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Journal Articles

Skill Levels and Gains in University STEM Education in China, India, Russia, and the United States

Prashant Loyalka, Ou Lydia Liu, Guirong Li, Elena Kardanova, Igor Chirikov, Shangfeng Hu, Ningning Yu, Liping Ma, Fei Guo, Tara Beteille, Namrata Tognatta, Lin Gu, Guangming Ling, Denis Federiakin, Huan Wang, Saurabh Khanna, Ashutosh Bhuradia, Zhaolei Shi, Yanyan Li
Nature Human Behavior, 2021 March 1, 2021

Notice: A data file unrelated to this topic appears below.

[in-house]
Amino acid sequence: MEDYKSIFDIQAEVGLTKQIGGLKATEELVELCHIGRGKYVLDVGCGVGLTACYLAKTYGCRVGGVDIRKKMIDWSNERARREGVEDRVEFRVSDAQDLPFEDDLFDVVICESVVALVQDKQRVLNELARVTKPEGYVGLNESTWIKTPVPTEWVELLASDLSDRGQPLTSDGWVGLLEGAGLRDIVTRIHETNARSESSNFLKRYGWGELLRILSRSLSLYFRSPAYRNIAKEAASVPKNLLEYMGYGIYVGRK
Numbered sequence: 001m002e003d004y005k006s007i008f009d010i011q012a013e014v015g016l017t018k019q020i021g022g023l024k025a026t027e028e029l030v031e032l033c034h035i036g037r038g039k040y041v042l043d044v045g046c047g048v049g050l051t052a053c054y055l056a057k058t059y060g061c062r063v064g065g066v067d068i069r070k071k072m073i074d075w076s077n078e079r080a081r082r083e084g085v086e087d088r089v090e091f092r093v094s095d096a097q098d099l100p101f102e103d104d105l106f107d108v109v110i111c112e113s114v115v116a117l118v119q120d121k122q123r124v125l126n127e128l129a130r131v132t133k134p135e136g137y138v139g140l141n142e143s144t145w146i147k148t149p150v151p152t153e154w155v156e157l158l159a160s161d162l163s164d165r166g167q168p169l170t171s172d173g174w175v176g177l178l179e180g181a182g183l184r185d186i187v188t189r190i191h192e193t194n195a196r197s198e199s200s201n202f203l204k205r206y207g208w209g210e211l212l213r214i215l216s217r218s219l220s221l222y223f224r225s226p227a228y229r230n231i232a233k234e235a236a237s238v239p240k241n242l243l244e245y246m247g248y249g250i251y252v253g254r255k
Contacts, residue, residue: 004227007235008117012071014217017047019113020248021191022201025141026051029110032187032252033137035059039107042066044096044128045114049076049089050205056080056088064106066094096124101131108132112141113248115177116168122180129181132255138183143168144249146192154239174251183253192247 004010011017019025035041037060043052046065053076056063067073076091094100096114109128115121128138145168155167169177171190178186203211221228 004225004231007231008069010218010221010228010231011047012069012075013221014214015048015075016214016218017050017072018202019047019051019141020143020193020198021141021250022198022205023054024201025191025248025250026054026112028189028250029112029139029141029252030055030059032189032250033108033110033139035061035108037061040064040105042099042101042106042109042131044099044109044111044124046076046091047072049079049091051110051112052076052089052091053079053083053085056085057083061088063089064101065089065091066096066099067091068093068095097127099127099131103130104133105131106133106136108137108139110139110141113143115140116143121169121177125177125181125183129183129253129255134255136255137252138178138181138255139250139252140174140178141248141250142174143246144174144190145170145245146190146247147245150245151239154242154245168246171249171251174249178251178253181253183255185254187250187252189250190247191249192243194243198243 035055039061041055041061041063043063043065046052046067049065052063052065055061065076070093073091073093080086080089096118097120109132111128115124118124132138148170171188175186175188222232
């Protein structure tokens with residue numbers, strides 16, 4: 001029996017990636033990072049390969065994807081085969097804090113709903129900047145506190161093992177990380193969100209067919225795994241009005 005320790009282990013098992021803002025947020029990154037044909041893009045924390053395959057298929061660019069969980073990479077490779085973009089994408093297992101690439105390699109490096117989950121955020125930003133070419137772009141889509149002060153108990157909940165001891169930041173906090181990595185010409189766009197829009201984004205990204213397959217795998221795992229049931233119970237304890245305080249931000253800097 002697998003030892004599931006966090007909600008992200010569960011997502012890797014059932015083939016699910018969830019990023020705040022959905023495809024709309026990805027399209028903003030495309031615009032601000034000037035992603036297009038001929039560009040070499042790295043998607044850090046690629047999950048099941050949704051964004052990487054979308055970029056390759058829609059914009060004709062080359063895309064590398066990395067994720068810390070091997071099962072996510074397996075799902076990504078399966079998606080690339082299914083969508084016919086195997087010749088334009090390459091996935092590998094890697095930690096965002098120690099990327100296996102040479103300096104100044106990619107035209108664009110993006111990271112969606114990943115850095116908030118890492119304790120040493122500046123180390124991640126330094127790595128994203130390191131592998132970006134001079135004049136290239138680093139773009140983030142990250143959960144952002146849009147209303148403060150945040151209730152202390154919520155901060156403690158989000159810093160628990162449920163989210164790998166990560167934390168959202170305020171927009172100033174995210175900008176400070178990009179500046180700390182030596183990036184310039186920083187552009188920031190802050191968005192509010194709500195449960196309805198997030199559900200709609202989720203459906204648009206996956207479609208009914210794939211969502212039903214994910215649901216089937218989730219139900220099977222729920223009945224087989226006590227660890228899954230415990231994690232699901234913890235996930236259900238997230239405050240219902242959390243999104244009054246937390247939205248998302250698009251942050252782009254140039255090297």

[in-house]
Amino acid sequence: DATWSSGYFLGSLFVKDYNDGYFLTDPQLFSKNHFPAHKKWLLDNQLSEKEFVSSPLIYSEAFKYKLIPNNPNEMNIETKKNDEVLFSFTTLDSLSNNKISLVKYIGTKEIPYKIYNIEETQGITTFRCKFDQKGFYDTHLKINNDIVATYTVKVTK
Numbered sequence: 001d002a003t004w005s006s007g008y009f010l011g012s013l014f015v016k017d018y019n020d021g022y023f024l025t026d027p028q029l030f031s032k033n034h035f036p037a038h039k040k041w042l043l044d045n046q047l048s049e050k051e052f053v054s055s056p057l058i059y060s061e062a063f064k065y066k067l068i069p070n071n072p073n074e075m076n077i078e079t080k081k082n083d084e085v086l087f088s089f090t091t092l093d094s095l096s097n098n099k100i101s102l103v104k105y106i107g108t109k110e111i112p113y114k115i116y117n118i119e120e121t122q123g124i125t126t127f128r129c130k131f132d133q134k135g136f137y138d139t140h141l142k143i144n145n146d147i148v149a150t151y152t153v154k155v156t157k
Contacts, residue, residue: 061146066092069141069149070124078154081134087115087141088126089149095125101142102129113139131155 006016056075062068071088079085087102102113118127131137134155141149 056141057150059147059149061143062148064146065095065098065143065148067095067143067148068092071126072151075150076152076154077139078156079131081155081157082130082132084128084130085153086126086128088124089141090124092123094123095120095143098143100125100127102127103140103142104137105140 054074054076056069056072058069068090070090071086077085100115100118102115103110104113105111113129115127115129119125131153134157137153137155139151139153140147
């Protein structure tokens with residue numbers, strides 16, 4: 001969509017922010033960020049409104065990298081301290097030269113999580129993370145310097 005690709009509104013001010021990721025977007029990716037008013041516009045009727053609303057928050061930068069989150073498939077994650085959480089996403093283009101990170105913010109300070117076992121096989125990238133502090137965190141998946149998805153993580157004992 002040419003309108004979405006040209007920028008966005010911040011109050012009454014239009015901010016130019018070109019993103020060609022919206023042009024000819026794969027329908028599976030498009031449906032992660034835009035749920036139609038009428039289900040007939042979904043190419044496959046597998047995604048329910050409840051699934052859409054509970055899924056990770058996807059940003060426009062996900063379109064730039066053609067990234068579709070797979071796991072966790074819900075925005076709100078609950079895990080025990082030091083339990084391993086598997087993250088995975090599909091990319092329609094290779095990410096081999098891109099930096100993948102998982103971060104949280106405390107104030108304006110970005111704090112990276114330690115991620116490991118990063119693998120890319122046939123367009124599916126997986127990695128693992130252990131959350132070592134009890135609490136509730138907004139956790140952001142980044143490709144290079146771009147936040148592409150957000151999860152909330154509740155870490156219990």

Universities contribute to economic growth and national competitiveness by equipping students with higher-order thinking and academic skills. Despite large investments in university science, technology, engineering and mathematics (STEM) education, little is known about how the skills of STEM undergraduates compare across countries and by institutional selectivity. Here, we provide direct evidence on these issues by collecting and analysing longitudinal data on tens of thousands of computer science and electrical engineering students in China, India, Russia and the United States. We find stark differences in skill levels and gains among countries and by institutional selectivity. Compared with the United States, students in China, India and Russia do not gain critical thinking skills over four years. Furthermore, while students in India and Russia gain academic skills during the first two years, students in China do not. These gaps in skill levels and gains provide insights into the global competitiveness of STEM university students across nations and institutional types.